Linking Up: The Graying of AIDs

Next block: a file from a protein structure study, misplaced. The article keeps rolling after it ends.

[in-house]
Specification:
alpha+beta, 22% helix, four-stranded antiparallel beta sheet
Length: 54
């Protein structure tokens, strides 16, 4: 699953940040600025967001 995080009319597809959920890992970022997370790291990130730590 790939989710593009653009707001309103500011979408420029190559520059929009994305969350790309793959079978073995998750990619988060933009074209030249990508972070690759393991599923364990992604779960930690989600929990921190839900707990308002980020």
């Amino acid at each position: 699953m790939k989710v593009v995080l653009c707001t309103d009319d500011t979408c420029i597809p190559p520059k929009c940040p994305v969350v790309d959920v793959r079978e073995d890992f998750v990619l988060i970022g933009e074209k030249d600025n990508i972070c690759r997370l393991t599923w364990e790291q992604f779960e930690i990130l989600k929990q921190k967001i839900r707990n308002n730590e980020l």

Well-known gerontologist Dr. James Birren once told me that in the late 1940s, all of the gerontologists in the United States could fit comfortably in one modest size hotel meeting room. He should know; he was there. Thanks to the leadership of Birren and so many others, modern gerontology has advanced vigorously since those days. Since its founding in 1945, the Gerontological Society of America has provided a formal organization for linking the diverse disciplines defining the study of aging and aged individuals. Still firmly in place, the historic roots of gerontology now anchor an extensive canopy supported by research, education, and outreach around the world. Today, several large hotels are needed to meet the demands of information sharing of the approximately 5,000 members of Gerontological Society of America who gather for annual meetings.